“I’m hoping it’s sooner rather than later. I’d love to get back the Chris Davis that we all know he’s capable of [being],” Showalter said. “It hasn’t been there this year. With kind of a new approach and some new things you’re trying, this is not something that you’re going to do one day in a workout and then it’s all going to pop in one night. If that was the case, it would have happened a long time ago.

“This is something you’ve got to give a little time to and know that when you get into a game and you don’t hit a line drive over the center fielder’s head the first swing you take, you don’t throw everything out. If you’re looking for an instant return on stuff, this game doesn’t allow that.”

What those adjustments or alterations might look like remain to be seen as he hasn’t yet made any dramatic changes to his swing, stance, or positioning in the batter’s box for an extended period of time.

“We need a good Chris Davis. We do,” Showalter said. “He knows that, and that’s what’s frustrating for him. It’s like the chicken and the egg, what comes first confidence-wise?

“I’d love to see Chris get a good week under his belt and watch what happens.”

Comments (0)

trainingcamp

Tags: , , , , , , , , , , , , , , , , , , ,

Twelve Ravens thoughts following mandatory minicamp

Posted on 15 June 2018 by Luke Jones

With the Ravens concluding their mandatory minicamp to conclude their offseason workout program, I’ve offered a dozen thoughts, each in 50 words or less:

1. A year ago at this time, tight end Dennis Pitta and cornerback Tavon Young had already been lost for the season. The Ravens are dealing with some minor ailments, but the return of cornerback Jimmy Smith to practice this week further signaled the good health so far.

2. Alex Lewis and John Brown being among those dealing with minor health concerns isn’t as encouraging. These two could be pivotal in determining whether this offense makes meaningful progress from last season, but they must stay on the field.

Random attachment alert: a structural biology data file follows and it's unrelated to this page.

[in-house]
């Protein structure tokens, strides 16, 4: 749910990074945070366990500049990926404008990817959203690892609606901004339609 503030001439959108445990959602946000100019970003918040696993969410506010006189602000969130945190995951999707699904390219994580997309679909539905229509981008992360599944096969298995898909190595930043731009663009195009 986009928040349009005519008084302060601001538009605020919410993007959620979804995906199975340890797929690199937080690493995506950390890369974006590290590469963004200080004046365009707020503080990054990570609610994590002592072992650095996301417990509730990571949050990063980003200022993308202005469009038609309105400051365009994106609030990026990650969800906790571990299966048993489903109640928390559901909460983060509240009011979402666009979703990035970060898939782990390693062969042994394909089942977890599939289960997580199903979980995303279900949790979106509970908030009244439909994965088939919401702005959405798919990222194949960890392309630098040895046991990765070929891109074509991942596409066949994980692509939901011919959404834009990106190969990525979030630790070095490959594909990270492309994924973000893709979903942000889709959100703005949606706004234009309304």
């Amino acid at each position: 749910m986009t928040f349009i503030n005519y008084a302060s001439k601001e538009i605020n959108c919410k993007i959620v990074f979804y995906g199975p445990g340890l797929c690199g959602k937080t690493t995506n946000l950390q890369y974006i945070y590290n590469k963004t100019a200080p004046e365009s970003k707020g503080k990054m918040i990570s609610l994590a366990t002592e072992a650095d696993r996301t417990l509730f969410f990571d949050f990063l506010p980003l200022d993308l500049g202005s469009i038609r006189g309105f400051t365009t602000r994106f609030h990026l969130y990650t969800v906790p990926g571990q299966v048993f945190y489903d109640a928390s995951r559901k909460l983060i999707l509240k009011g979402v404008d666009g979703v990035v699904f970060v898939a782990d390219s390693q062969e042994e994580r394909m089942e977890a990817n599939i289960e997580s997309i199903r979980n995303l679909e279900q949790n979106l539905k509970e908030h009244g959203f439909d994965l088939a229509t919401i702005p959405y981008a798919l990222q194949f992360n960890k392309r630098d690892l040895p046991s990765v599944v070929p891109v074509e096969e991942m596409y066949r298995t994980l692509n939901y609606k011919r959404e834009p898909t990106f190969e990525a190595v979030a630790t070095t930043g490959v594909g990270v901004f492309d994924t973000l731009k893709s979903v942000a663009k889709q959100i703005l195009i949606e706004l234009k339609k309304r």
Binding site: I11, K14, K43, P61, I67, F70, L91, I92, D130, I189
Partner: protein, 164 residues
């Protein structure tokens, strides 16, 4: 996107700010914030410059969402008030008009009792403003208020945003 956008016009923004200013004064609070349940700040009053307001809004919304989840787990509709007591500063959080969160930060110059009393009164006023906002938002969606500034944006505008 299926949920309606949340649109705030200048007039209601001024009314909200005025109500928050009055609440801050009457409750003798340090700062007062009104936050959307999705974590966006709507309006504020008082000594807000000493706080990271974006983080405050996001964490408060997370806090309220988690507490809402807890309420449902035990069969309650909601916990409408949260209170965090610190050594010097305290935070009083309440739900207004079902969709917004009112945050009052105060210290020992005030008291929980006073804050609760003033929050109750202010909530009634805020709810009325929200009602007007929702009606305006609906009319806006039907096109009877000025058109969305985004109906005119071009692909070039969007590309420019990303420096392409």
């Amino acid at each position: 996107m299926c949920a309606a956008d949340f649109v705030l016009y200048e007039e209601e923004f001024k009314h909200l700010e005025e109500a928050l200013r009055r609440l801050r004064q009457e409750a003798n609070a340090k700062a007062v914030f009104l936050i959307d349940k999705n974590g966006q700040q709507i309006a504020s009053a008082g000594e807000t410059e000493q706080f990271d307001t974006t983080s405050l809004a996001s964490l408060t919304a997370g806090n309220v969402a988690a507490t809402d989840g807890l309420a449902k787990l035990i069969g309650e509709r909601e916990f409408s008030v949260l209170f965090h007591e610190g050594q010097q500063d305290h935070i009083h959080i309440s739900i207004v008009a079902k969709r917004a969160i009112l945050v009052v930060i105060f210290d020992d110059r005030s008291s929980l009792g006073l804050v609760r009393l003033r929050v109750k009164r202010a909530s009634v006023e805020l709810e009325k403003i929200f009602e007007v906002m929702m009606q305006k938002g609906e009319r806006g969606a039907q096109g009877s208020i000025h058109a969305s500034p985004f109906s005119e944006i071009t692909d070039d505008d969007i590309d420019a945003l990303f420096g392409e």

3. Lamar Jackson was given the keys to run Thursday’s practice from the quarterback position as several veterans rested on both sides of the ball, and he responded with his most consistent passing performance to date. The rookie knows he has a long way to go, but his confidence is impressive.

4. Some pundits have cherry-picked quotes complimenting Jackson while ignoring the parts about him being a work in progress, but anyone who’s watched this spring knows Joe Flacco has been head and shoulders above the other quarterbacks. Ignore any noise from those pushing a quarterback controversy this early in the game.

5. It’s been evident that new quarterbacks coach James Urban has stressed mobility, pocket movement, and footwork timing with Flacco. The quarterback being healthy and another year removed from the knee injury is crucial, but these skills have been lacking since Gary Kubiak was in Baltimore.

6. Linebackers coach Mike Macdonald labeled Tyus Bowser the most productive linebacker of the spring as he even recorded an interception return for a touchdown on a Flacco pass. Bowser making a Matt Judon-like leap from his first to second year would create some much-needed long-term stability at outside linebacker.

7. Meanwhile, Terrell Suggs is again in great shape as he enters his 16th year and comes off his first double-digit sacks season since 2014. He’s entered that Ray Lewis and Ed Reed territory in that the Ravens won’t easily replace what he’s brought to the table for so many years.

8. It’s difficult to evaluate line play in the spring, but Orlando Brown Jr. definitely showed growth from rookie camp until the end of spring workouts. This next month will be critical for him to keep himself in good shape to continue that momentum into the summer.

9. Willie Snead is developing a good rapport with Flacco as they frequently connected over the middle. Flacco complimented the slot receiver for having “a knack for seeing the game the way the quarterback does.” You can see why Drew Brees liked him a couple years ago in New Orleans.

10. I’ve been as critical as anyone about this Ravens offense, but I do believe it has more intrigue and potential than it’s enjoyed the last few years. The problem is there are so few sure things, meaning the floor remains very low.

11. Hats off to John Harbaugh for offering this truth about spring workouts: “This isn’t football practice. This is just getting ready for football practice. … Nobody is going to make a play here that’s going to make the team.” We now return to our regularly-scheduled overreacting.